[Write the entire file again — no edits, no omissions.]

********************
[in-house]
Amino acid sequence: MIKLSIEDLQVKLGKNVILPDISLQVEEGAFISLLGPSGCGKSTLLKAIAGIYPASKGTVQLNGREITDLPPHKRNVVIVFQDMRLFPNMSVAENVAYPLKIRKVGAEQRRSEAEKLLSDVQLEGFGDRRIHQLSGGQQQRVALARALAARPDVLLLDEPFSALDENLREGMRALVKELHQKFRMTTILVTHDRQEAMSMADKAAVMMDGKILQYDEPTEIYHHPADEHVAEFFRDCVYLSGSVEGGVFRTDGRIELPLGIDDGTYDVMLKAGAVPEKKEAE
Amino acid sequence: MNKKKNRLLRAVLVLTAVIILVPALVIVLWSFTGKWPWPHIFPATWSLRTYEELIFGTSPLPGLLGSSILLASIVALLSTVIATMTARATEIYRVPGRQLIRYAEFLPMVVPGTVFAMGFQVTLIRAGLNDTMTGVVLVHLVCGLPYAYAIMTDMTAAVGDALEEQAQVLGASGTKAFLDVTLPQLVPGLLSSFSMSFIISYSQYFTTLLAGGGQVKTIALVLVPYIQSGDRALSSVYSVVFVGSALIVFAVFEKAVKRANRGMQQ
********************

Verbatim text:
[in-house]
Amino acid sequence: MIKLSIEDLQVKLGKNVILPDISLQVEEGAFISLLGPSGCGKSTLLKAIAGIYPASKGTVQLNGREITDLPPHKRNVVIVFQDMRLFPNMSVAENVAYPLKIRKVGAEQRRSEAEKLLSDVQLEGFGDRRIHQLSGGQQQRVALARALAARPDVLLLDEPFSALDENLREGMRALVKELHQKFRMTTILVTHDRQEAMSMADKAAVMMDGKILQYDEPTEIYHHPADEHVAEFFRDCVYLSGSVEGGVFRTDGRIELPLGIDDGTYDVMLKAGAVPEKKEAE
Amino acid sequence: MNKKKNRLLRAVLVLTAVIILVPALVIVLWSFTGKWPWPHIFPATWSLRTYEELIFGTSPLPGLLGSSILLASIVALLSTVIATMTARATEIYRVPGRQLIRYAEFLPMVVPGTVFAMGFQVTLIRAGLNDTMTGVVLVHLVCGLPYAYAIMTDMTAAVGDALEEQAQVLGASGTKAFLDVTLPQLVPGLLSSFSMSFIISYSQYFTTLLAGGGQVKTIALVLVPYIQSGDRALSSVYSVVFVGSALIVFAVFEKAVKRANRGMQQ